The Production and Circulation of Printed Books in the Occident and Orient from the Accession of the Tang Dynasty (c.618) to the First Industrial Revolution
Thursday & Friday, 14 & 15 February 2013
Venue: The British Academy, 10-11 Carlton House Terrace, London SW1Y 5AH
This conference aimed to open the conversation between economic historians and historians of the book and stimulate publications and research in a truly global history of knowledge formation from the Tang Dynasty to the Industrial Revolution. It provided a timely opportunity and forum for reviewing the debate on economic divergence between Occident and Orient after more than twelve years of debate. It also fed suggestions into the now rapidly growing field of global history. As an interdisciplinary conference linked to more than three decades of widespread research on the history of the book, it should interest scholars in the fields of history, economics, law, sociology, religious and area studies, and education as well as scholars in libraries and museums concerned with the storage and preservation of knowledge in book form.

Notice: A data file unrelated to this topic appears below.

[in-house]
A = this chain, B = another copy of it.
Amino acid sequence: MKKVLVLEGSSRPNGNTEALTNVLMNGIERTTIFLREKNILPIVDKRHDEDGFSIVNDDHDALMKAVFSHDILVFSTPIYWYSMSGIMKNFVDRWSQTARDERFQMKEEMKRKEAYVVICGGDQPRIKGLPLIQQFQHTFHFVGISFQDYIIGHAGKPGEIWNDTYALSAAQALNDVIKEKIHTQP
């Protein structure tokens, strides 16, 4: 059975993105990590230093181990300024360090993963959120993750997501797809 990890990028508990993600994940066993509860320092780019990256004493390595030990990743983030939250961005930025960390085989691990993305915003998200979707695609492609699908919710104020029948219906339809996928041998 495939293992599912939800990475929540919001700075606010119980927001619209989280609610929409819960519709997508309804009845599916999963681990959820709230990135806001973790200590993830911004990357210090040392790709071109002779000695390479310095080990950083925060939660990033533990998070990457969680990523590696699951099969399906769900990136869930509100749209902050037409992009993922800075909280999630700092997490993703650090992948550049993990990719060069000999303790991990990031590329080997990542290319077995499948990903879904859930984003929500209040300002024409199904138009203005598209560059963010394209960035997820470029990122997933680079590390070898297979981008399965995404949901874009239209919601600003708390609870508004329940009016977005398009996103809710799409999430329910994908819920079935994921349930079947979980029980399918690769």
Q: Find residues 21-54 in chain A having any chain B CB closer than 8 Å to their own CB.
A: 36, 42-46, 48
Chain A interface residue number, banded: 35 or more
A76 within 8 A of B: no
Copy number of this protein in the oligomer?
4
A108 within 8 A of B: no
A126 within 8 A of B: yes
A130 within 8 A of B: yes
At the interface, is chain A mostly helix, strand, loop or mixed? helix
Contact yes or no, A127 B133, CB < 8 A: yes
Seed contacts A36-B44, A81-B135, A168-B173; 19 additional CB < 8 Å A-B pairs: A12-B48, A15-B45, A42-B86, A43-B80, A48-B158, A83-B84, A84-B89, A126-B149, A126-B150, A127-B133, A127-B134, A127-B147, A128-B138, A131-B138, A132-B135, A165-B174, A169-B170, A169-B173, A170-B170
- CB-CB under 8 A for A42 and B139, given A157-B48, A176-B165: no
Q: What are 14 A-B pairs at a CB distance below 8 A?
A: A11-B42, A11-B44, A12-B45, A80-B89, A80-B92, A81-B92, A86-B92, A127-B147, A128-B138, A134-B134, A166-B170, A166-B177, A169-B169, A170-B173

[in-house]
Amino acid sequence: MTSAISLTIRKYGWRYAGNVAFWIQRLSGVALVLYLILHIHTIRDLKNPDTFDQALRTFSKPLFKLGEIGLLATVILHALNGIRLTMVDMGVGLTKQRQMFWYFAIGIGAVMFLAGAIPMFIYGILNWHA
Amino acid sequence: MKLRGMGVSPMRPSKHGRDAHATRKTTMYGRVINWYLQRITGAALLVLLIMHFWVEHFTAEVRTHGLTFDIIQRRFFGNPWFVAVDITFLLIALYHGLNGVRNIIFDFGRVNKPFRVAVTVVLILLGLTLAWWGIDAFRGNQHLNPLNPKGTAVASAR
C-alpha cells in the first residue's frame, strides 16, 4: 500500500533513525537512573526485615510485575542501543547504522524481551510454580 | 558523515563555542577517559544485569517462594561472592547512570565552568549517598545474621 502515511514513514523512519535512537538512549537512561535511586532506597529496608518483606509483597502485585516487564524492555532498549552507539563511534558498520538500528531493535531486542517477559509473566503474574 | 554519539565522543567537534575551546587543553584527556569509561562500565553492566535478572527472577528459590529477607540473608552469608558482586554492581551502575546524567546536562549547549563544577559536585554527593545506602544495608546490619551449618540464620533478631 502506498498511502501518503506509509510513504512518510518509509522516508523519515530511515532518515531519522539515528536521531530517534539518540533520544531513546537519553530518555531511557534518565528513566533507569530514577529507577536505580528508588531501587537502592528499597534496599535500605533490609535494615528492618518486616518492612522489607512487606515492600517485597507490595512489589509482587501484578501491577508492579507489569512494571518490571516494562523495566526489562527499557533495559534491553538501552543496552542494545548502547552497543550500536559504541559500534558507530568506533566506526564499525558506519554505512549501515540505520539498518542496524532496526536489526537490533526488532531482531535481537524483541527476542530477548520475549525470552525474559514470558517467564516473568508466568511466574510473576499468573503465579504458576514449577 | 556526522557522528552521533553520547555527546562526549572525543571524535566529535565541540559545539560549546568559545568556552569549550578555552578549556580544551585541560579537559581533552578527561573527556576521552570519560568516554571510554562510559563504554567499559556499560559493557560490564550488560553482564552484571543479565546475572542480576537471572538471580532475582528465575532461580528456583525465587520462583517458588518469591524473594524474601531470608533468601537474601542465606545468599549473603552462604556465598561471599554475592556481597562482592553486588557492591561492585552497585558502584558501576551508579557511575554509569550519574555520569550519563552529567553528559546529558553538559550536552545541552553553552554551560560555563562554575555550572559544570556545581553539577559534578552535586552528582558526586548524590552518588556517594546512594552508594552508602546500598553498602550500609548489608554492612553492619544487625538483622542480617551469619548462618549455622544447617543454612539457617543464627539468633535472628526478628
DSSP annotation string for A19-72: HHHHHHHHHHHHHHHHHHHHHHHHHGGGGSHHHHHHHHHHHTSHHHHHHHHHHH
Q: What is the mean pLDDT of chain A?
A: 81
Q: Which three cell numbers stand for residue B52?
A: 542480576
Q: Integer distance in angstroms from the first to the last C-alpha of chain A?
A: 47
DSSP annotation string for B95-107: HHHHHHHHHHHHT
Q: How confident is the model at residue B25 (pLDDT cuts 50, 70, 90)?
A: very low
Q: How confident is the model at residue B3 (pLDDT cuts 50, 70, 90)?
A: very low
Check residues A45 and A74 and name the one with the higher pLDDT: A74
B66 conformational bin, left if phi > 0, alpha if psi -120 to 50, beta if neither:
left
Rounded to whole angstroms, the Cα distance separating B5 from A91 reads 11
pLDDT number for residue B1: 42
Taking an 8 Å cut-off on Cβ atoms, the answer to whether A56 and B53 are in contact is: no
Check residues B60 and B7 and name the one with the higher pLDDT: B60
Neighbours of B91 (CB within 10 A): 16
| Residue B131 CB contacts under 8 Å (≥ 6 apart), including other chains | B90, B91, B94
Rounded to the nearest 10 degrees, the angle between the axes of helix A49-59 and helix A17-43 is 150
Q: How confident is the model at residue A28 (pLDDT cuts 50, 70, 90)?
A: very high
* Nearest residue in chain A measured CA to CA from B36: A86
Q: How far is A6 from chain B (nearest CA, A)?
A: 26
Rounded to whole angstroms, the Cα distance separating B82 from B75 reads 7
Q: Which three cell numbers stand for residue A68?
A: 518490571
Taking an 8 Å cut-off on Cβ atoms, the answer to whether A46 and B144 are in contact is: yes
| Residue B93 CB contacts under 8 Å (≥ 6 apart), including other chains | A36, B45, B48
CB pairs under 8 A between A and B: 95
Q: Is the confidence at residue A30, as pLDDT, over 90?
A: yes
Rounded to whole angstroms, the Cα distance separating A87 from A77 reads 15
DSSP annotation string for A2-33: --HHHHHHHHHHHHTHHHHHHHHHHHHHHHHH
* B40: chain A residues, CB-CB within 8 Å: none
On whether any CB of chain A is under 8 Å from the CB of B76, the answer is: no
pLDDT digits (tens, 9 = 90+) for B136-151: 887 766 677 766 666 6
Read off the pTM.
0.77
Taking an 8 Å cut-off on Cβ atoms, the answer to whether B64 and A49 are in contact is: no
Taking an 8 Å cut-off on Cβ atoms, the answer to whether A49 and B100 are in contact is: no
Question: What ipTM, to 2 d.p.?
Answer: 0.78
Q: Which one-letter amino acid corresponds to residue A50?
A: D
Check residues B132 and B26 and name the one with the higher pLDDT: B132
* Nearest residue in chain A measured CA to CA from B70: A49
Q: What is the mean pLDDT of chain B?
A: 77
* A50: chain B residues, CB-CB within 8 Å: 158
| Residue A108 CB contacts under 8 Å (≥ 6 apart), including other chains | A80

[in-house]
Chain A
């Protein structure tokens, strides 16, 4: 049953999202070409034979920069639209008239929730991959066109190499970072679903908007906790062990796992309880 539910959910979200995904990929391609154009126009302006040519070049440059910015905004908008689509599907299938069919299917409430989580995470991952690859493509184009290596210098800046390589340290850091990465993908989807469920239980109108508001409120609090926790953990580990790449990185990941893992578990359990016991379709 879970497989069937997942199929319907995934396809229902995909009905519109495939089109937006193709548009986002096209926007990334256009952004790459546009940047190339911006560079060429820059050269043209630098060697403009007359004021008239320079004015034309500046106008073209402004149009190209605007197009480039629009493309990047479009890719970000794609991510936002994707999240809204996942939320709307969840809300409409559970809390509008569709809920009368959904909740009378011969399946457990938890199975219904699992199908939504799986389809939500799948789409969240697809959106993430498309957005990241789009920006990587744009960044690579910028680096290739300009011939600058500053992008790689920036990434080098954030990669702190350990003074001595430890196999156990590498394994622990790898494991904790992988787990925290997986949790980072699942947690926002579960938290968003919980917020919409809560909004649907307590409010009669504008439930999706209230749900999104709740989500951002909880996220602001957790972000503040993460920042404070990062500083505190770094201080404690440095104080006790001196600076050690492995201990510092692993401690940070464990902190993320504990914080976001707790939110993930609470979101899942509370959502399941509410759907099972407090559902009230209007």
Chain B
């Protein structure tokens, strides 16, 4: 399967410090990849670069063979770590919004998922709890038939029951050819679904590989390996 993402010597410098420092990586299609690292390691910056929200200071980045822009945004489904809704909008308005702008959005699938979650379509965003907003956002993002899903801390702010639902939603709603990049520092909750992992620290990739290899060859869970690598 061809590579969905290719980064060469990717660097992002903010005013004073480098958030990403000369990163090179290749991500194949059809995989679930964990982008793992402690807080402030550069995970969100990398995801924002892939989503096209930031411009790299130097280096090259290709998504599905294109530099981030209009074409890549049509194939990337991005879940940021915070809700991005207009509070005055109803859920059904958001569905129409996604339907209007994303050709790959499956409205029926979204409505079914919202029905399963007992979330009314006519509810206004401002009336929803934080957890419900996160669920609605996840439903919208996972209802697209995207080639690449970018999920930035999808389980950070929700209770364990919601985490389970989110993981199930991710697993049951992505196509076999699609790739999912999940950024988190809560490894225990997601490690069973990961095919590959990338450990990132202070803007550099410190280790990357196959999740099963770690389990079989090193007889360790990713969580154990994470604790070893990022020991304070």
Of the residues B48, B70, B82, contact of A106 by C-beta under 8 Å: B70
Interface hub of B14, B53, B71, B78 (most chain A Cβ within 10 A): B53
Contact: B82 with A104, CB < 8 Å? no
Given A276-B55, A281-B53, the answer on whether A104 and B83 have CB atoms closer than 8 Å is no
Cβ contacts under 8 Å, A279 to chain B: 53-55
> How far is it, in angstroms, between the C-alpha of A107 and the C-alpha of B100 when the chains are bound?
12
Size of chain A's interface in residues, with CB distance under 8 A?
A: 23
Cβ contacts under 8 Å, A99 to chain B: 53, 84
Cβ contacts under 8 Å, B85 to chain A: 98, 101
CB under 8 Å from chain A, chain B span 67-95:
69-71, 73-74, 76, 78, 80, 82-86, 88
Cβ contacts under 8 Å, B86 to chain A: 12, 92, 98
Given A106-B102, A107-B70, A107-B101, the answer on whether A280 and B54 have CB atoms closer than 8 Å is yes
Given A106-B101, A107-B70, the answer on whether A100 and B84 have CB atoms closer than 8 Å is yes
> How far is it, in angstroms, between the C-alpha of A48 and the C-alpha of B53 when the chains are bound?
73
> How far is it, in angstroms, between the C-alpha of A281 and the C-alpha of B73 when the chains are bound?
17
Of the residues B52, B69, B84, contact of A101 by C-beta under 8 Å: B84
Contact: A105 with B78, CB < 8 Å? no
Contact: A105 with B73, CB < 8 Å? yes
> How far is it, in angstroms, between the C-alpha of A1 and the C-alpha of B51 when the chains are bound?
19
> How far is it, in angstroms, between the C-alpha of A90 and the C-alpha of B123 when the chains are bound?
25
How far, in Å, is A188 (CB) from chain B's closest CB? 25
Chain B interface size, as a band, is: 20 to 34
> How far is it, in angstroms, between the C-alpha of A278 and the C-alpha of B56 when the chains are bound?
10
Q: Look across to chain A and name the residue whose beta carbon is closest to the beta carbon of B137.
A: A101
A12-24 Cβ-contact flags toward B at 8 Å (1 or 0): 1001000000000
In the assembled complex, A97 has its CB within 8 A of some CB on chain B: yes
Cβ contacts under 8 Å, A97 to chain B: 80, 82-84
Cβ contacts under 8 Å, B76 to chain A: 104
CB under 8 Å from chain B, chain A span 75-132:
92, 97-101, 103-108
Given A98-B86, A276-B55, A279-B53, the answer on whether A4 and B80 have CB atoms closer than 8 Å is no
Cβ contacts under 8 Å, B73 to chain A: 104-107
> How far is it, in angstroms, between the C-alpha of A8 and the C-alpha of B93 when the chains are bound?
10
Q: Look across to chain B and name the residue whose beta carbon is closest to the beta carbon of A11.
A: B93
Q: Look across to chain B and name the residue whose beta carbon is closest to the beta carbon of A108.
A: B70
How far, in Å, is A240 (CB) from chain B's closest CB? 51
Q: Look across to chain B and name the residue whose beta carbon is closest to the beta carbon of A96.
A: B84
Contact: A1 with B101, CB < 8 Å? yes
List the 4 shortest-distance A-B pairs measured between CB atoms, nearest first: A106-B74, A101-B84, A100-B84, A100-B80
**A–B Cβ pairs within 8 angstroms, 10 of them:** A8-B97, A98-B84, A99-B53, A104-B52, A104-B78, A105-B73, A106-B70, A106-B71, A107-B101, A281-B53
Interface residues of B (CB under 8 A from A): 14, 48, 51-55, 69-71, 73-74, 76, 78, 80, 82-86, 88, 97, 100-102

Professor Tim Barratt (SOAS), Professor Joerg Baten (Tübingen), Professor Laurence Brockliss (Oxford), Professor Peter Burke, (Cambridge), Professor Michela Bussotti (Ecole francaise d'Extreme-Orient), Dr Hilde De Weerdt (King’s College London), Professor Jean-Pierre Drège (EPHE), Professor Simon Eliot (SAS, University of London), Dr Aileen Fyfe (University of St Andrews), Professor Qi Han (Chinese Academy of Sciences), Professor Peter Kornicki (Cambridge), Professor Maarten Prak (Utrecht), Professor James Raven (Essex and Cambridge), Professor Joan-Pau Rubiés (ICREA and Universitat Pompeu Fabra), Professor Dagmar Schaefer (Manchester), Professor Hans Ulrich Vogel (Tübingen), Professor Harriet Zurndorfer (Leiden), Professor Manel Ollé (Universitat Pompeu Fabra)
Public Lecture and Panel Discussion:
Professor Ken Pomeranz (Chicago) ‘Knowledge Formation and Economic Divergence between China and the West’.
Professor Bill Bell (Edinburgh), Professor Mark Elvin (Oxford), and
Professor Peer Vries (Vienna)